Scott Grosz, a staff attorney for the nonpartisan Legislative Council, said the law's publication meets certain obligations under the law, but that nothing can happen until La Follette acts.
"And at this time the secretary's actions remain subject to the temporary restraining order," Grosz said in a memo to Democratic Assembly Minority Leader Peter Barca.
Walker signed the collective bargaining measure March 11 and La Follette had designated Friday as the date of publication. But after the judge's restraining order, La Follette sent a letter to the Reference Bureau saying he was rescinding the publication date he had set.
The Wisconsin Department of Justice issued a statement saying it would evaluate how the publication of the law, which it said was lawful, affects the pending lawsuit. The bureau's action did not require anything to be done by La Follette and he was not in violation of the court's order, the DOJ statement said.
The statement did not say whether the action means the law takes effect Saturday.
Ozanne, the Dane County district attorney whose lawsuit challenging the law led to the restraining order, said the bureau's action didn't change the status quo but ultimately it would be up to a court to decide what it means.
That lawsuit and two others allege lawmakers broke the state open meetings law by hastily calling a special committee meeting to put the bill in a form that the Senate could pass it without any Democrats present. All 14 Senate Democrats had fled the state three weeks earlier to block a vote on the measure by preventing quorum.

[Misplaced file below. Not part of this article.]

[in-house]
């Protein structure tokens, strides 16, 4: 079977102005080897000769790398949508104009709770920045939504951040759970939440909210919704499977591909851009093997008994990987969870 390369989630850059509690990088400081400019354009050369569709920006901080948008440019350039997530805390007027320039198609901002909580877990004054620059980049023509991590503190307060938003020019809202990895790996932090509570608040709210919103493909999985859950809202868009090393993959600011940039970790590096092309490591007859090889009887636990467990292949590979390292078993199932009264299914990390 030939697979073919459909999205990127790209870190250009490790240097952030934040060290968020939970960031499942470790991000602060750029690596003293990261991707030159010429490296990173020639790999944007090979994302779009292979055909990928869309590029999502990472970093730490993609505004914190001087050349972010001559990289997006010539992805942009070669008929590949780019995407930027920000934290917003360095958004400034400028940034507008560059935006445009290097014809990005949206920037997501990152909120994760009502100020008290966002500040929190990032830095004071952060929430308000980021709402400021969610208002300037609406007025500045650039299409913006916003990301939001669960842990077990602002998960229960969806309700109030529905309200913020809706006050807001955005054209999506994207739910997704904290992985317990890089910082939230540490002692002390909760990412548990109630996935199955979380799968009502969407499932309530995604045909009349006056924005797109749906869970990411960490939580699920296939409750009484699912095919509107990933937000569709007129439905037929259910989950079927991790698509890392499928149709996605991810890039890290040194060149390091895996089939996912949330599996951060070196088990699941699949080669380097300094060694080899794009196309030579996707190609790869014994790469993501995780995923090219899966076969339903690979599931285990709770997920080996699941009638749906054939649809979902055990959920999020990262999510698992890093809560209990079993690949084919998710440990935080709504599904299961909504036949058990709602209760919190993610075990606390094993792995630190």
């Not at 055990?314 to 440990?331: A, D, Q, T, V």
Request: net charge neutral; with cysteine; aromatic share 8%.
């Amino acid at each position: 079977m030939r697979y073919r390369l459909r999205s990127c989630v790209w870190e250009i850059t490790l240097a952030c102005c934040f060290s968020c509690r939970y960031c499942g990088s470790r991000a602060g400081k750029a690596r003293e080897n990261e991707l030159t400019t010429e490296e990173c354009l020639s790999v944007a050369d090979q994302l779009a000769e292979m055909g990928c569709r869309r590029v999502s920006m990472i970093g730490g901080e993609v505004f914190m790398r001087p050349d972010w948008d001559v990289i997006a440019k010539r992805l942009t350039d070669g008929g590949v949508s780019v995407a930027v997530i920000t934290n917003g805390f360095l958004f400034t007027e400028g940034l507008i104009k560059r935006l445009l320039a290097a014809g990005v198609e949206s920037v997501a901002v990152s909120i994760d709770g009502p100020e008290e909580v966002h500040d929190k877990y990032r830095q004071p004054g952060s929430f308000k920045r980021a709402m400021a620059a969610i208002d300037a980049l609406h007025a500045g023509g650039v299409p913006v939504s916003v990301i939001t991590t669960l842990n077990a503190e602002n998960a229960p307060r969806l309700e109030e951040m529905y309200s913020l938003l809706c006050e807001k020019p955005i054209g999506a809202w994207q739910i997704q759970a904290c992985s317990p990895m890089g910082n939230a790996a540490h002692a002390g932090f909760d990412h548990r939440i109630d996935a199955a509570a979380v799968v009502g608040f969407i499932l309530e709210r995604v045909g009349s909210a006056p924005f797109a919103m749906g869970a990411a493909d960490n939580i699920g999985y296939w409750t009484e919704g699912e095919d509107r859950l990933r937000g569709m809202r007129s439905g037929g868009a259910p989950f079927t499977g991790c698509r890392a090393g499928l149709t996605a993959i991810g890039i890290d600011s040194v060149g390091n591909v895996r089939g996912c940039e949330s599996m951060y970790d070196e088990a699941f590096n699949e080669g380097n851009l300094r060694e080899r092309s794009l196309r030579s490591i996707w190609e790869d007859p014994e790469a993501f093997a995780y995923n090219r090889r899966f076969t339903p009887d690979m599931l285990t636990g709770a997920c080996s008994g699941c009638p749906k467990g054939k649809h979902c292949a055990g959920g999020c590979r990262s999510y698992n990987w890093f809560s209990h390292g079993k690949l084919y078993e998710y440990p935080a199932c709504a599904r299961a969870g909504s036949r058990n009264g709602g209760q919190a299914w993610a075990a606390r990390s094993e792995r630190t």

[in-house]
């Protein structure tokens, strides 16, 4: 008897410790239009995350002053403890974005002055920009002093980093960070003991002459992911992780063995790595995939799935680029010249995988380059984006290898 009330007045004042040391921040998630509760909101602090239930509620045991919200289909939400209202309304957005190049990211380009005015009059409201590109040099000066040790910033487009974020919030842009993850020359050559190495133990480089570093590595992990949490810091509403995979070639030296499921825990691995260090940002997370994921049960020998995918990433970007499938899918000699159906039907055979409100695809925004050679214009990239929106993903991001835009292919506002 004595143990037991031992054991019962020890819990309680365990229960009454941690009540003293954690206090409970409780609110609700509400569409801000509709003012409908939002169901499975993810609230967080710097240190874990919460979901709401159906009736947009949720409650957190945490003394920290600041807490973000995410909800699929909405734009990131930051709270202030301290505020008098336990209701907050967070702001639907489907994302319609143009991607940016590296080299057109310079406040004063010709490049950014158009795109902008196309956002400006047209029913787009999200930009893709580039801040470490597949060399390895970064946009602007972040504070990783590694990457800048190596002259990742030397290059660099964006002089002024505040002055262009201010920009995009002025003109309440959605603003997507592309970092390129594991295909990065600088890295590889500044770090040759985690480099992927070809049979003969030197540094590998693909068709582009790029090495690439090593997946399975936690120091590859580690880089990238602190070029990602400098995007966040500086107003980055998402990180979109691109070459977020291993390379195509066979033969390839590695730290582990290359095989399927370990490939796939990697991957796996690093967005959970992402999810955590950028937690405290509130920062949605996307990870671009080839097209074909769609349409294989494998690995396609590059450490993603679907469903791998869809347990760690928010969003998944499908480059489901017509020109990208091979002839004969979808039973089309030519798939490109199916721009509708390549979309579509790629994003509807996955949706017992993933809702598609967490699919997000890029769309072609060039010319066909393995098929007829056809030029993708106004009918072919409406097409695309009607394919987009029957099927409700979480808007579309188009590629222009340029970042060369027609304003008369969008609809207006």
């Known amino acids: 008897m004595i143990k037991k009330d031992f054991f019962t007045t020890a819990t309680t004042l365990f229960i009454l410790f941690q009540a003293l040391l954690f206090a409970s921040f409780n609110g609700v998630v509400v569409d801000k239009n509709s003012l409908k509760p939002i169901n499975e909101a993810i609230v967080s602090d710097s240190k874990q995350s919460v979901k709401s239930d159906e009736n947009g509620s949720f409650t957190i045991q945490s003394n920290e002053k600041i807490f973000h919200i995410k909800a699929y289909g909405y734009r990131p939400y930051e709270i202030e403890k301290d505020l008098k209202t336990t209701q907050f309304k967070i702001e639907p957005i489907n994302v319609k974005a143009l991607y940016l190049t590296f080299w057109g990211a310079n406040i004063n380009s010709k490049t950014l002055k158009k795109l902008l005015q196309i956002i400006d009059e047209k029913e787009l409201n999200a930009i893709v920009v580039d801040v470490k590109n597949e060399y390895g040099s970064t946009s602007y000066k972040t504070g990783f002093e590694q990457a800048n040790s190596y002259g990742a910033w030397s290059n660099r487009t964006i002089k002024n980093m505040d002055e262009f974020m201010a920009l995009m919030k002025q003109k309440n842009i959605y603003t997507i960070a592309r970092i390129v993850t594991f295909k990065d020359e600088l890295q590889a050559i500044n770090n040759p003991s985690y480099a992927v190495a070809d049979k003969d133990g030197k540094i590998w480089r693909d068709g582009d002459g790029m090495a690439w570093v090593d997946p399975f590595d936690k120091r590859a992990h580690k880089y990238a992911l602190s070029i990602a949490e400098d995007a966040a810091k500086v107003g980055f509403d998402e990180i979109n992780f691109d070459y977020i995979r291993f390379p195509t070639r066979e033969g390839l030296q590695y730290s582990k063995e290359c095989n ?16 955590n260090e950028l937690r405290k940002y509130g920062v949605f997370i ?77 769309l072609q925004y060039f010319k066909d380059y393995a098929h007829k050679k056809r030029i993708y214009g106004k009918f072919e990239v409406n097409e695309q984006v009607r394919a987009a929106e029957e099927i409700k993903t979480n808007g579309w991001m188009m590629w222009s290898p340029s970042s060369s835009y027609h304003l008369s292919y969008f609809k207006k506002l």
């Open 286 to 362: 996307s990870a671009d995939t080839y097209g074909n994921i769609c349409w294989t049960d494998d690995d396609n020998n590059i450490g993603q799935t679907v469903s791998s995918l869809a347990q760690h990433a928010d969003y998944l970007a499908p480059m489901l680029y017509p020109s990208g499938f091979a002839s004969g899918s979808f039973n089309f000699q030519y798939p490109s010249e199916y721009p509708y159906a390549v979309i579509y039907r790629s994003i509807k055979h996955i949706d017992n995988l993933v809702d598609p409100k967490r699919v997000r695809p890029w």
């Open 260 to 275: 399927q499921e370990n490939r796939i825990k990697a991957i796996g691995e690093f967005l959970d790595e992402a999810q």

The new law requires nearly all public sector workers, including teachers, to contribute more to their pensions and health insurance, changes that amount to an average 8 percent pay cut. It also strips them of their ability to collectively bargain for anything except wages no higher than inflation.
Consideration of the proposal spurred massive protests that grew to more than 85,000 people the day after Walker signed the measure and made Wisconsin the national focus of the fight over union rights.
Union leaders were outraged with the latest twist in the ongoing saga.
"This is another sign that the governor and Legislature are in a desperate power grab to take away the voice of teachers, support staff, nurses, home health care workers and other public employees," said Mary Bell, president of the statewide teachers' union. "These tactics are not in the Wisconsin tradition of open government and do not represent the will of the people."
Marty Beil, executive director of the state's largest public employee union, said he didn't think the action meant the law was going to take effect.
"It's craziness. These guys are off the wall. They're drunk with some kind of power or misconception of reality," Beil said, referring to Walker and Scott Fitzgerald.
Phil Neuenfeldt, president of the Wisconsin State AFL-CIO, called the action an "illegal backdoor maneuver."
"This is a dark day for Wisconsin and a travesty to our democracy," he said.
Associated Press writer Todd Richmond contributed to this report.